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Using the Internet in Healthcare. Tyrrell S. (Pp 168, paperback; £17.95.) Radcliffe Medical Press, 1999. ISBN 1 85775 366 6MedLine: a Guide to Effective Searching. Katcher BS. (Pp 148, paperback; $29.) Ashbury Press. ISBN 01 96734 450 6
Good, I thought, as these books dropped through the letterbox.
The day before I'd been party to a family receiving an antenatal diagnosis of gastroschisis, and the father had commented on “looking it up on the Internet”. I wanted to learn more about the condition myself, and reckoned I'd follow the man's example.
Using the Internet in Healthcare sounded an ideal title; disappointingly it wasn't. It's a book about the basics of the Internet, which isn't bad, but is presented better in other books (for example, Internet for dummies).
It's “medical” legitimacy comes from a good summary of NHSnet and a crumb of information about healthcare searches on the Web. (Embarrassingly, it was MedLine: a guide to effective searching that contained the nicest www resources.)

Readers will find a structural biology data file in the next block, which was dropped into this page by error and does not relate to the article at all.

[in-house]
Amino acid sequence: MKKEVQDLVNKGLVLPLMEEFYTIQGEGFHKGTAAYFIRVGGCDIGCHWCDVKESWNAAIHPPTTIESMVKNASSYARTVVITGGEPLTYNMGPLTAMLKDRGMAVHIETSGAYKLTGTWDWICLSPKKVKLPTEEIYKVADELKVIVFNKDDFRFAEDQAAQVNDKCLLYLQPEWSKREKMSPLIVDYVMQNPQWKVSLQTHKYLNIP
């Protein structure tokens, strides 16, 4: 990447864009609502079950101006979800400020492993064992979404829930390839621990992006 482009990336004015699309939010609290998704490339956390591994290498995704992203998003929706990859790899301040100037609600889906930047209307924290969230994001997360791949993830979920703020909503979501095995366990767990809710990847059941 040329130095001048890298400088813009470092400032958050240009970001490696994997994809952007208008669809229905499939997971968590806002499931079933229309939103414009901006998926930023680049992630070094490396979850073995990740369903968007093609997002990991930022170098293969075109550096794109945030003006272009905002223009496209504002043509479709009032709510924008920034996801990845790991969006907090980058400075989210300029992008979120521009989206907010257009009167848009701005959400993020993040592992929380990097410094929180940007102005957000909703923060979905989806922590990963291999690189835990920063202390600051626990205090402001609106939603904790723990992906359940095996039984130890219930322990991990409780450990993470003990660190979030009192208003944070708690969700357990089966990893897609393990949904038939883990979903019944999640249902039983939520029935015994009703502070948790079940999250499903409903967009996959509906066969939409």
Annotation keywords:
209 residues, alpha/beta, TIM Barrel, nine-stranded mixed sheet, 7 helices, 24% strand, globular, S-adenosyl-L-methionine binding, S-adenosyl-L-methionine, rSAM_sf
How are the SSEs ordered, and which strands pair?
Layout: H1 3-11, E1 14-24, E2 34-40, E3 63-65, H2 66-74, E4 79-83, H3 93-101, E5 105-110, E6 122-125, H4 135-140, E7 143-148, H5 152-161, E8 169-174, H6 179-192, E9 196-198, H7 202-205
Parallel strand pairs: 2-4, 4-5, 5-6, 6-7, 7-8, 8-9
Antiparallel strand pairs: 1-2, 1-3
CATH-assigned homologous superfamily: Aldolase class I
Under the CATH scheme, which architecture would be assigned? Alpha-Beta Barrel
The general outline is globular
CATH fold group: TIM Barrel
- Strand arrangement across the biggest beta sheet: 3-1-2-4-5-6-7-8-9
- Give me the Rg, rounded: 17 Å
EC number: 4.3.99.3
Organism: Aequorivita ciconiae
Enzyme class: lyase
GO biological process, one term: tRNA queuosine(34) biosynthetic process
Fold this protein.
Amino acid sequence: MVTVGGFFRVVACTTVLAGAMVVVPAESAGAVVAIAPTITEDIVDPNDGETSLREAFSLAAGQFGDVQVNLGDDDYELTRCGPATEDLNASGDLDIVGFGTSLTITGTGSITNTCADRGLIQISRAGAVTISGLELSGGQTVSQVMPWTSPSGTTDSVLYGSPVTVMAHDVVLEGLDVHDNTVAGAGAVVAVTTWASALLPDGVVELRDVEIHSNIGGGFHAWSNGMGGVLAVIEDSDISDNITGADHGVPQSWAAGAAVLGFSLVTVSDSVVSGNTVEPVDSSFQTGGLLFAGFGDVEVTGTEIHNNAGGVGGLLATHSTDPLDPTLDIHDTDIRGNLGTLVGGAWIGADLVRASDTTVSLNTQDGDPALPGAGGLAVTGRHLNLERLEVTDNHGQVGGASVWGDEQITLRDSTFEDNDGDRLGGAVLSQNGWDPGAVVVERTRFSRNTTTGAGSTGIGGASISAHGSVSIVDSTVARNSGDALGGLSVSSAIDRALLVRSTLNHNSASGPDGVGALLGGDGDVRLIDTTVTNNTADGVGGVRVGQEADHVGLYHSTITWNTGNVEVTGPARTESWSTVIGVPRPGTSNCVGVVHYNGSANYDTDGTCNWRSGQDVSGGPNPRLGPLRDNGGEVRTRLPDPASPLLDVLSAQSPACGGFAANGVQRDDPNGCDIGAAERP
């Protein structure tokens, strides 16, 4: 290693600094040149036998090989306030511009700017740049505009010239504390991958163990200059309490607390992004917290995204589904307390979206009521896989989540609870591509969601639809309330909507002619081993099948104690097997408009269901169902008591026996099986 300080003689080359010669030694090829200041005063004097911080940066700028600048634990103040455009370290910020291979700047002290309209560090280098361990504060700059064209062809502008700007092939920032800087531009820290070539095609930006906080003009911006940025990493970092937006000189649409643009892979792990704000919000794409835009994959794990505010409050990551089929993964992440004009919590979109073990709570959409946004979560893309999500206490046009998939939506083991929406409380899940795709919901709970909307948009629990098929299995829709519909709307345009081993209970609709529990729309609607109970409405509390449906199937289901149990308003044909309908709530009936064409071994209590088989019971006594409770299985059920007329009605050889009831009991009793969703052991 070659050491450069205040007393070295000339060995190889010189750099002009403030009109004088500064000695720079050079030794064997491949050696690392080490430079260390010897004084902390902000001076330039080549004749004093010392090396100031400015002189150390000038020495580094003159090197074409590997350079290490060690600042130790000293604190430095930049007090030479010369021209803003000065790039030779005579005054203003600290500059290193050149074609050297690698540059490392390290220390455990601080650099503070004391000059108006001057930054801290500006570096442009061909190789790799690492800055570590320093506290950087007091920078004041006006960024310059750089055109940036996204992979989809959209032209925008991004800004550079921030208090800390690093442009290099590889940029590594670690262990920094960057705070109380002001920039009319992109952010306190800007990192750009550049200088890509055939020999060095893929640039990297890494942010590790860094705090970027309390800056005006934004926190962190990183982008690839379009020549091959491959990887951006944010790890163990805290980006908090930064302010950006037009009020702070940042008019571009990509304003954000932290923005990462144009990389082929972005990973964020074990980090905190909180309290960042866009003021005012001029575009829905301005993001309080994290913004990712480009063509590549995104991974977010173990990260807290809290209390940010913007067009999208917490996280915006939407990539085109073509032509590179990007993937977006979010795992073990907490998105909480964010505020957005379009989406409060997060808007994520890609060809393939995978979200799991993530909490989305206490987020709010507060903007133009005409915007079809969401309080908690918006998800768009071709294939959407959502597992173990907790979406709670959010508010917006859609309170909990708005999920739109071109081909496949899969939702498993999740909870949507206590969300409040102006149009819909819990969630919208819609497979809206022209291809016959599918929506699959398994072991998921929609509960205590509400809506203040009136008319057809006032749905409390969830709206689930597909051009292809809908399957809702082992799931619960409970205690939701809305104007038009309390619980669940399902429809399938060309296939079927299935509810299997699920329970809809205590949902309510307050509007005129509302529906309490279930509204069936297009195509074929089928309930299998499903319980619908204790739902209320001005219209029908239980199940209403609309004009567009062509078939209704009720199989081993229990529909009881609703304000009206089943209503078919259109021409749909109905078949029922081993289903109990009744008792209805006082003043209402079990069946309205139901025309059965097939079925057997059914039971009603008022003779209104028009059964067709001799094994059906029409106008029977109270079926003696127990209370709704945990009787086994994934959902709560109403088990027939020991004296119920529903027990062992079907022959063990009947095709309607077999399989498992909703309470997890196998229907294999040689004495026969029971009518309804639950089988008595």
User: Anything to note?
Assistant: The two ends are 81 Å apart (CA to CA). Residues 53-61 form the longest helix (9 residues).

MedLine: a guide to effective searching was also a let down. It's beautifully written, starts with a lovely summary of the history of MedLine, but annoys with drawn out explanations of Boolean logic and historical access systems. In explaining PubMed, it doesn't even mention the excellent “Clinical queries” search page (www.ncbi.nlm.nih.gov/PubMed/ clinical.html), based on the work of Brian Haynes and colleagues.
For clinicians, there are better summaries of framing questions and effective database searching in Sackett's book.1 For researchers, there are better databases for citation searching than MedLine.
My own searches found a wonderful paediatric patient information site (http://www.birthdefects.org/MAIN.HTM), a site telling the story of a young lad with gastroschisis (http://www.geocities.com/Heartland/Flats/1558/), and an excellent study of outcome (using the PubMed/Haynes filters). I wonder how the father of our latest presurgical patient fared...